A few months ago, I was presenting in Harrisburg, Pennsylvania and had an interesting conversation with a man named Jim Shenk. We were talking about facilitating conversation – and using good conversation to make quality decisions.
Jim described this voting strategy: “Yes and…” “Yes but…” and “No.”
Imagine this as a conversation strategy before deciding/voting on an issue. The facilitator (a good board chair at board meetings) asks people to think in terms of:
— “Yes, (I see value in this. I agree with this. I like this. Or whatever.) and…” With the “and,” the speaker adds additional insights, etc.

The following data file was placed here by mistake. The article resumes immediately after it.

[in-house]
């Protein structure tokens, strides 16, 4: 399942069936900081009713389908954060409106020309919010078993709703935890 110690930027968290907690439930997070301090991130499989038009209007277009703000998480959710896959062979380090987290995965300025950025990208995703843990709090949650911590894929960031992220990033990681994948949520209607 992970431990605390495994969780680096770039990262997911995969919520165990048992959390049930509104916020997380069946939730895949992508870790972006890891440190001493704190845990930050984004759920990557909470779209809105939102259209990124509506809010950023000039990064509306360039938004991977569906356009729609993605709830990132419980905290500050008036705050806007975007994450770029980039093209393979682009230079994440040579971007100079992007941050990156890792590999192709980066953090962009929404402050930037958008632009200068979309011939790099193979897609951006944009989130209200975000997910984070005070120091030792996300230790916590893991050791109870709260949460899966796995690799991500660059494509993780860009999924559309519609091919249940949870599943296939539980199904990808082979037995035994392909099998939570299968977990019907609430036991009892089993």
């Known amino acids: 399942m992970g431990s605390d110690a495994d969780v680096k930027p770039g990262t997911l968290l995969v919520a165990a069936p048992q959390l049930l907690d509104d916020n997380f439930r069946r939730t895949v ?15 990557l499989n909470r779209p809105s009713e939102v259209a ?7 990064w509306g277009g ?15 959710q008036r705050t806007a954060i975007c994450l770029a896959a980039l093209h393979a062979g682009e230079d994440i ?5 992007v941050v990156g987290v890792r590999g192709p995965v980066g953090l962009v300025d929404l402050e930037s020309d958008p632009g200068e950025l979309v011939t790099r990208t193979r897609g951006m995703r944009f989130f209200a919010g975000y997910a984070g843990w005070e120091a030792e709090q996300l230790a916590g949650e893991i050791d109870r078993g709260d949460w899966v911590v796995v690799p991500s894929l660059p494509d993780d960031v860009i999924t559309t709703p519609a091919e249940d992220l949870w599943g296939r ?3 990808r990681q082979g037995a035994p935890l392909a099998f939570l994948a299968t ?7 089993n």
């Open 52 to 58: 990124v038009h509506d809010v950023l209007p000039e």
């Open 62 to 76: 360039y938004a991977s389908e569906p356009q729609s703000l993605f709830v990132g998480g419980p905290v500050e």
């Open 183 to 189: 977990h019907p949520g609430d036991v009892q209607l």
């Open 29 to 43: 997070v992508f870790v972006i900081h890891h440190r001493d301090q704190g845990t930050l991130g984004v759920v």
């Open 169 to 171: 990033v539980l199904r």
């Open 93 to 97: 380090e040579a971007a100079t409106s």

— “Yes, (I see value in this. I agree with this. I like this. Or whatever.) but…” With the “but,” the speaker identifies issues of concern, contrary thoughts that might stimulate further conversation, et.
— “No, because…” And a “no” deserves the support of the various “becauses.”
Using this approach requires some “training” with the group (board, staff, community council, whatever) prior to facilitation. And, as usual, good facilitation is key for any good conversations.